Reducing fire risks is a major concern for all business owners as the possible repercussions to any owner of a fire are manifold. The possible loss of his business and livelihood has to be considered, but any injuries or deaths arising from any incompetence could lead to a loss of his freedom in the form of a prison sentence. Therefore the importance of reducing fire risks and ensuring that a full fire risk assessment is carried out cannot be underestimated.
Once identified, workplace fire risks must be removed or, if they cannot be removed altogether, reduced as far as reasonably practicable. By evaluating the three elements that need to be in place for a fire to start (fuel, oxygen and a source of ignition) is the first place to look. There are a number of ways in which hazards can be reduced.
1) Replacing highly flammable materials with less flammable ones. 2) Reducing stocks of flammable materials, liquids and gases to a minimum. 3) Storing highly-flammable substances in fire resistant stores or dedicated areas where only appropriate staff can access them. 4) Separating flammable materials from sources of ignition eg by maintaining clear space between lighting and combustible materials. 5) Ensuring electrical, mechanical and gas equipment is installed, used, maintained and protected in accordance with manufacturer's instructions. 6) Replacing naked flame and radiant heaters with fixed convector heaters. 7) Ensuring that when equipment is not is use it is left in a safe condition. 8) Dedicated smoking areas. 9) Implementing a "hot" work permit system to control fire risks from "hot" work activities such as welding. 10) Ensuring combustible waste does not build up and is properly stored before disposal. 11) Taking precautions to prevent arson.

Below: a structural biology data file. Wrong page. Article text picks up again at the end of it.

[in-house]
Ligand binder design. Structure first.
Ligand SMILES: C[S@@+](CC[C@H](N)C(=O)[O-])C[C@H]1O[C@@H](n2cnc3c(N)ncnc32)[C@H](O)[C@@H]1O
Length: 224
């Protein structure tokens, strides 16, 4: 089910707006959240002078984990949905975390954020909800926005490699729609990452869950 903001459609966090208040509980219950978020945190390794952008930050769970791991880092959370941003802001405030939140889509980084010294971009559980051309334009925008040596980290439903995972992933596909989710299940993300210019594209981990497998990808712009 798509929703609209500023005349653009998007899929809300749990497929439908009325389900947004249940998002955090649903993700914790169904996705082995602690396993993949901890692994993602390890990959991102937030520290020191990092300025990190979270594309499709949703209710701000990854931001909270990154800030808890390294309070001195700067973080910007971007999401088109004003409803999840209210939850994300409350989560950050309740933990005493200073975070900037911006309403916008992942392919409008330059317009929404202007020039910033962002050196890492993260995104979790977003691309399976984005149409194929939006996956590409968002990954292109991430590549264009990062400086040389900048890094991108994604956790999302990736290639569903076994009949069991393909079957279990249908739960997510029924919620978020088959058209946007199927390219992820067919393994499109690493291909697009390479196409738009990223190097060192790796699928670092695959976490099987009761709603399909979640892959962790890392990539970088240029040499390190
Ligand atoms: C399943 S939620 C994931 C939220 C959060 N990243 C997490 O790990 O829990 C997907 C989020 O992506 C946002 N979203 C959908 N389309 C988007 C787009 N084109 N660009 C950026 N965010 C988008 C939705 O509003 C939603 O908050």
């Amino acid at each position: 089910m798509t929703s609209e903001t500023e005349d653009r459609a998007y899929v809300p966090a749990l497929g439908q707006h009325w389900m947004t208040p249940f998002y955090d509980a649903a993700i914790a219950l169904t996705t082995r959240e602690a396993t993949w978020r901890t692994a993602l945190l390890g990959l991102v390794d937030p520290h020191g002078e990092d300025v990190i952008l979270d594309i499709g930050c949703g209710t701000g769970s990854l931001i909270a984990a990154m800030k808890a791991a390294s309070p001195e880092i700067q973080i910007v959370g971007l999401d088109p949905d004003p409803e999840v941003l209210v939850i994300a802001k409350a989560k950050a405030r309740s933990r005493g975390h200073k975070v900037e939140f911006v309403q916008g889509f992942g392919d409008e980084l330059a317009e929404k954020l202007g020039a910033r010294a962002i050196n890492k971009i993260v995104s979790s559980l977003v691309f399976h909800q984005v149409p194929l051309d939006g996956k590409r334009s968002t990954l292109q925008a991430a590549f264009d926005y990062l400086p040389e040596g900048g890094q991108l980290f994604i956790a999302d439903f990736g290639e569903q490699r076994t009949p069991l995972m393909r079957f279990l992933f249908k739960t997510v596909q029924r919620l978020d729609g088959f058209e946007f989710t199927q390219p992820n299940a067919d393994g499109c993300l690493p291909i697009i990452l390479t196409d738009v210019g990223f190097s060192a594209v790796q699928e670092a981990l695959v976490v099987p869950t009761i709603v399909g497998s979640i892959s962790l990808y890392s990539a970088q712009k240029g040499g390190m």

Once a business owner has removed or reduced any fire hazards as far as possible. It must be decided what further measures are required to provide a reasonable level of fire safety. This means ensuring that adequate fire precautions are in place to warn people in the event of a fire and allow them to safely escape.
The level of fire protection should be proportionate to the risk posed to people in the building but the objective should always be to reduce the remaining level to as low as is reasonably practicable. As a result fire safety law allows the responsible person to decide which prevention and protection measures, equipment and procedures are most appropriate in light of the risks on site. Business owners should therefore use the results of their fire risk assessment to identify what is appropriate.
Nigel J Welford is a qualified Health & Safety professional and believes in making health and safety as simple as possible whilst still being effective and meeting all the regulations. For his free report "The Secret To How Health & Safety Can Improve Your Business And Profits: 7 Everyday Pitfalls To Avoid" from http://www.healthandsafetyintheworkplace.com
EasyPublish this article: http://submityourarticle.com/articles/easypublish.php?art_id=279416